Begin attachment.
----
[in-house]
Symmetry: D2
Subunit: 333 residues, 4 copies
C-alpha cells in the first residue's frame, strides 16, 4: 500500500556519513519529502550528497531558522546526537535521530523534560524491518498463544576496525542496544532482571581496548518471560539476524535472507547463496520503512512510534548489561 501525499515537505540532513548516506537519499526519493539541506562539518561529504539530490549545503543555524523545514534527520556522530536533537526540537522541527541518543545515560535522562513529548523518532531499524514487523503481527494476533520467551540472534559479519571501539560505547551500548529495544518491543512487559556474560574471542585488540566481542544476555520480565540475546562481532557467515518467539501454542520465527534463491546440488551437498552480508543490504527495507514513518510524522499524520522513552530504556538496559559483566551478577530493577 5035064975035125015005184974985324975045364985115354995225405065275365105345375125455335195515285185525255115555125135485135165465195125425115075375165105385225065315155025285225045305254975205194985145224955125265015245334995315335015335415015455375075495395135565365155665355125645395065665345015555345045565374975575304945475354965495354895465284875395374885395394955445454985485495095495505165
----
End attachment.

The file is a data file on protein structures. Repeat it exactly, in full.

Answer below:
[in-house]
Symmetry: D2
Subunit: 333 residues, 4 copies
C-alpha cells in the first residue's frame, strides 16, 4: 500500500556519513519529502550528497531558522546526537535521530523534560524491518498463544576496525542496544532482571581496548518471560539476524535472507547463496520503512512510534548489561 501525499515537505540532513548516506537519499526519493539541506562539518561529504539530490549545503543555524523545514534527520556522530536533537526540537522541527541518543545515560535522562513529548523518532531499524514487523503481527494476533520467551540472534559479519571501539560505547551500548529495544518491543512487559556474560574471542585488540566481542544476555520480565540475546562481532557467515518467539501454542520465527534463491546440488551437498552480508543490504527495507514513518510524522499524520522513552530504556538496559559483566551478577530493577 5035064975035125015005184974985324975045364985115354995225405065275365105345375125455335195515285185525255115555125135485135165465195125425115075375165105385225065315155025285225045305254975205194985145224955125265015245334995315335015335415015455375075495395135565365155665355125645395065665345015555345045565374975575304945475354965495354895465284875395374885395394955445454985485495095495505165